Beating Myself Up for No Good Reason

AKA Some New Year’s Resolutions

When I retired in May 2004, I immediately got cracking on my long-time dream of becoming a full-time writer. I started with an ambitious project: a dozen historical mystery novels set in Kansas City beginning in 1899 with January Jinx and ending with Deadly December in 1910, the year my mother was born. This project went great guns. And by spring 2007, I’d outlined the whole series, brainstormed thirty-six possible titles with my daughter’s help, researched and put the first book through seven drafts, and researched and drafted the second, Fatal February.

But a weird thing happened in April 2007 when I went to a book signing with a writer whose work I’ve come to admire. At that time, this author was well along in her contemporary mystery series, which still continues. With her husband she’d written most of a historical series set in Victorian and Edwardian England. On her own, she’d started another historical mystery series featuring a well-known, beloved children’s author.

Thinking that she’d be encouraging to another historical mystery novelist, I went up to her with one of her books in hand for her to sign. But when I told her I was writing a series of mysteries set in Kansas City around 1900, far from being encouraging, she dumped all the bad things about writing historical mysteries on me. People will criticize your research, she said, and the market for these books is small.

And I bought it. I accepted her wisdom as gospel. I decided that my hard work wasn’t good enough and that I might as well quit before I wasted any more time on it. I didn’t tell her about my Ph. D. in English literature, which says more than a little something about my research skills. I didn’t mention my experience teaching hundreds of college students how to do research and put their information together in readable papers. I didn’t tell her about the dozens of stories and nine novels I’d already completed.

Basically, I assumed that given the poor market for historical fiction, the project was worthless. So I abandoned it. Not only that, but I went into a funk and didn’t write fiction at all for two years. A long time for a fiction addict like I am. This and some other set-backs caused me to fall into a depression that I didn’t come out of until I got excited about writing fiction again in May 2009, a full five years after I retired.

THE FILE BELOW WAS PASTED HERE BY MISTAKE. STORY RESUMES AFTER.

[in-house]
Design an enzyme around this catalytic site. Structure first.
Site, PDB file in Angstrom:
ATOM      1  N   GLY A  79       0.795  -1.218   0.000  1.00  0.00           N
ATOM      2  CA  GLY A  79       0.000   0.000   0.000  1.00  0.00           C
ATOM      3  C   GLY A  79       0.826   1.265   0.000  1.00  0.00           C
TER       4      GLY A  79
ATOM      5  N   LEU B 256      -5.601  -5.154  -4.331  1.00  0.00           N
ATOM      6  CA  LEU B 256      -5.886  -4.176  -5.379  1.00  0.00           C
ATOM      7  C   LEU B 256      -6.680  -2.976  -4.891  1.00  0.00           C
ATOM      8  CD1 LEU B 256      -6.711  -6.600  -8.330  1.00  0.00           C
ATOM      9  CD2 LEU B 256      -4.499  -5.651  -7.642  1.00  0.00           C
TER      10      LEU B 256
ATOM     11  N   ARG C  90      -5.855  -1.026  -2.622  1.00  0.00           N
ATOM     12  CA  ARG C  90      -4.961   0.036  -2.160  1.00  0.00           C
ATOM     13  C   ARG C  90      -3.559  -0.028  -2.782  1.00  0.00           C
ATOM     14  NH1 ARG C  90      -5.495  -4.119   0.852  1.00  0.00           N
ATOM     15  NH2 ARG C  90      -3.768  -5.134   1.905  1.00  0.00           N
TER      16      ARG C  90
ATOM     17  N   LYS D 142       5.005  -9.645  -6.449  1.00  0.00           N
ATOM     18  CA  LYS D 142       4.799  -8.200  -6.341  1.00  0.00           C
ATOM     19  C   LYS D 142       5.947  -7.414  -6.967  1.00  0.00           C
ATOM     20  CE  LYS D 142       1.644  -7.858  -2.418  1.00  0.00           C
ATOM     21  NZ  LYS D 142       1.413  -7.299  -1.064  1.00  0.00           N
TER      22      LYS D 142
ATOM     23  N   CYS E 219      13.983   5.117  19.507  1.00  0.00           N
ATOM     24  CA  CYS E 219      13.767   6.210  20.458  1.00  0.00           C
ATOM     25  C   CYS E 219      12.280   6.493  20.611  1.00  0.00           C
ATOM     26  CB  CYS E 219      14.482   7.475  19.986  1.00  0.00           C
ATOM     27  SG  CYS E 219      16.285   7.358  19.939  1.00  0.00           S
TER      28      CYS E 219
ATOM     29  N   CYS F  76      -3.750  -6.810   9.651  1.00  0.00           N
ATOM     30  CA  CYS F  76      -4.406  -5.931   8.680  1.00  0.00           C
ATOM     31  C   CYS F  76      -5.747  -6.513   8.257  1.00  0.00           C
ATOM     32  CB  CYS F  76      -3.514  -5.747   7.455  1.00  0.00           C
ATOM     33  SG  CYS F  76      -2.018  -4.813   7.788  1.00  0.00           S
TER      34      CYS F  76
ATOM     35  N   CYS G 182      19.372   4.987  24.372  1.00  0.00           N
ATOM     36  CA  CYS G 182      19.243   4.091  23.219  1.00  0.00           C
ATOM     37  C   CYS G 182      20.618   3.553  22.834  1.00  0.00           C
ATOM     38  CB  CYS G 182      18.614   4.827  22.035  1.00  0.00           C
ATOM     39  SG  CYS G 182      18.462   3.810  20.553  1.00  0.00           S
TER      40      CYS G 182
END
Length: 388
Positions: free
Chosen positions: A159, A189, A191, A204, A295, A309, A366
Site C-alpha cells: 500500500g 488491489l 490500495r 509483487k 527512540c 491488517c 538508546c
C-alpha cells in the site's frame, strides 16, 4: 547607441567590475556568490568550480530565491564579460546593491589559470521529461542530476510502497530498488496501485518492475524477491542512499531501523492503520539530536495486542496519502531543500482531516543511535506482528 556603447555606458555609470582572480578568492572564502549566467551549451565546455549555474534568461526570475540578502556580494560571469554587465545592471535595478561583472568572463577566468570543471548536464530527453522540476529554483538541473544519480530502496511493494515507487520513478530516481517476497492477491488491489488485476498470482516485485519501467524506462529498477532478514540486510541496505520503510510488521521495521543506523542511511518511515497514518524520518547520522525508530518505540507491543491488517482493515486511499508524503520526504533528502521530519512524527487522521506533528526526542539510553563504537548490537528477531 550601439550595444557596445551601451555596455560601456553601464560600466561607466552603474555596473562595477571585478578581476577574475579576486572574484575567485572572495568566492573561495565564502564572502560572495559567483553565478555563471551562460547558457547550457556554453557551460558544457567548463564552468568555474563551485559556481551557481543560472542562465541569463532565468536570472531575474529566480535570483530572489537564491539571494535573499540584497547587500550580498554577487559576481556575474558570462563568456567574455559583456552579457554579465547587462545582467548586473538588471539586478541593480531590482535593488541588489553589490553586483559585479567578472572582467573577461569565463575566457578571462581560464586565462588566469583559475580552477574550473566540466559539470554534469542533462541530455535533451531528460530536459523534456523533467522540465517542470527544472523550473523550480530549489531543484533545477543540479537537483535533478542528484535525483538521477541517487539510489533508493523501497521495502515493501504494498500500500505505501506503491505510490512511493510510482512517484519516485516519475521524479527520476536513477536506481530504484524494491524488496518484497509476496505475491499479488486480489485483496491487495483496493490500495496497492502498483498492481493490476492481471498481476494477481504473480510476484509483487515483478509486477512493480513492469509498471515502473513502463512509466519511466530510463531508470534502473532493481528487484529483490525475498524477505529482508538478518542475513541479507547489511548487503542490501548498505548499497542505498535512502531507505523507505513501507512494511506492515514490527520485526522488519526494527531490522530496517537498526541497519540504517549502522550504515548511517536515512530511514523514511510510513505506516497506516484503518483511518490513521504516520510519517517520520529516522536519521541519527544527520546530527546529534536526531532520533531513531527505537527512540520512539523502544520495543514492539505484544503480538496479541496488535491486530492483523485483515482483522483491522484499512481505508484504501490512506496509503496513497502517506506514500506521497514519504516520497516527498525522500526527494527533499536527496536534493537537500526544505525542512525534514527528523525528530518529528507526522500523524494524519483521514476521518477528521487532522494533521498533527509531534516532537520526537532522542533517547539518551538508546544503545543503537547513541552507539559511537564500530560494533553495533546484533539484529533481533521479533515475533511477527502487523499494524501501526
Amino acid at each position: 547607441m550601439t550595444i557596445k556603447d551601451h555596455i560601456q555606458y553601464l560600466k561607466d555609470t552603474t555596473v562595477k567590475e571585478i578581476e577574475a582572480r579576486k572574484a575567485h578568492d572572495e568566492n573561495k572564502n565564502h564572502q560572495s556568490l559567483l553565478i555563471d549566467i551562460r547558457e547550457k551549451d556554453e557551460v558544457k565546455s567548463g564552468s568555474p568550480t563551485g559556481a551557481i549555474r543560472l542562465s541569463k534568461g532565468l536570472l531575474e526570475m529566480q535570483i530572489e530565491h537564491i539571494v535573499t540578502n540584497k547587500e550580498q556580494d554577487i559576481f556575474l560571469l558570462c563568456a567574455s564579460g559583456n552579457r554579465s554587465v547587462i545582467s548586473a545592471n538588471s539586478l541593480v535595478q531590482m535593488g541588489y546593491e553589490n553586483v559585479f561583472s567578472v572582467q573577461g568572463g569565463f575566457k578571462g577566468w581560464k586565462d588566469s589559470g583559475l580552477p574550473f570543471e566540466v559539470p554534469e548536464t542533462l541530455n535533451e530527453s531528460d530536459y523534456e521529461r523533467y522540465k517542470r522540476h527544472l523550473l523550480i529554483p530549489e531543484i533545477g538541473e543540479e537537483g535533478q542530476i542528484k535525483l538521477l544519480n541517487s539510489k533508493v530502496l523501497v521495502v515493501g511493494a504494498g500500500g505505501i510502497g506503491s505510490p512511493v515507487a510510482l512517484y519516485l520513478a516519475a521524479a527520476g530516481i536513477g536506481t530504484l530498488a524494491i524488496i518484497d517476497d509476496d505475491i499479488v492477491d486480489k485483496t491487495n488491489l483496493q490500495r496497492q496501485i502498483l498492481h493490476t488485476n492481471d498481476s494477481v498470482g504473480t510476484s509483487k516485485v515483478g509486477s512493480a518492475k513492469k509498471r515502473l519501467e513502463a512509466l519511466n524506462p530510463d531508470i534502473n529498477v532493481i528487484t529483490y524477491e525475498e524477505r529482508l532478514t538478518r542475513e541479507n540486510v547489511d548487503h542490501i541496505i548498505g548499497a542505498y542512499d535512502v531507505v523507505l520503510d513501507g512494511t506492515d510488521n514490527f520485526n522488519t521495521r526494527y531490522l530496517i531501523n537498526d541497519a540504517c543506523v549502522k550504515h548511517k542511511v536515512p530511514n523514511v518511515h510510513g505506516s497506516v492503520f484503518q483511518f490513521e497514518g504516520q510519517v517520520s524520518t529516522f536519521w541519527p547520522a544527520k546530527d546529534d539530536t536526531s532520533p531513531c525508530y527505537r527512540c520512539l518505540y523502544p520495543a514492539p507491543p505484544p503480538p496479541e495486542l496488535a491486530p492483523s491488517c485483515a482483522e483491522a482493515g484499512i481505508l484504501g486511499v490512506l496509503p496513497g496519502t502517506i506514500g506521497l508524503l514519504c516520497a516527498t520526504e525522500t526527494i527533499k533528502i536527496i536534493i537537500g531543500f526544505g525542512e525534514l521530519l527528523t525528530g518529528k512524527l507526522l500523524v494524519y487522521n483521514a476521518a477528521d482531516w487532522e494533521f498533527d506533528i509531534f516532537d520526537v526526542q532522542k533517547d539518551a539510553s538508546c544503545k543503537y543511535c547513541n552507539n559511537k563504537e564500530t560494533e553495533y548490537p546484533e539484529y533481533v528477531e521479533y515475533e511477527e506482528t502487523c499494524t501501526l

But a funny thing happened this past autumn while I was busily self-publishing Walls, a Cinderella, P. I. Novel and Cinderella, P. I. and other Fairy Tale Mystery Stories. I started thinking about how January was coming around again and wouldn’t it be great if I could bring January Jinx out in January 2014? If it was any good, of course.

So I pulled up the file and started reading. And you know what? I’d forgotten how much fun that book was and what a good job I’d done in incorporating the research without letting it bog the story down. Not just taking my own assessment for its merits, I asked my dear friend and art teacher, Barbara O’Leary to look at it again. She too found it to be lots of fun.

And so I’ve resolved to quit making the same old mistakes about my writing that I’ve made over the last twenty-five years.

Here are some of my specific resolutions for 2014.

1) I resolve to quit beating myself up for no good reason and equating a project’s potential low sales to its merit. After all, selling is hard for everyone these days. Consider, for example, the way Charlie Lovett’s agent couldn’t get an American publisher interested in The Bookman’s Tale until the agent had already sold Charlie’s excellent first mystery novel in eight foreign markets.

2) I resolve to have more confidence in my abilities. By the way, I’m not alone in being dogged by a lack of confidence. Recently, I found out from one of Louise Penny’s Facebook posts that she suffers from the same thing in spite of the way her Inspector Gamache novels keep racking up awards. She gets out of her funks and gets going again. So should I.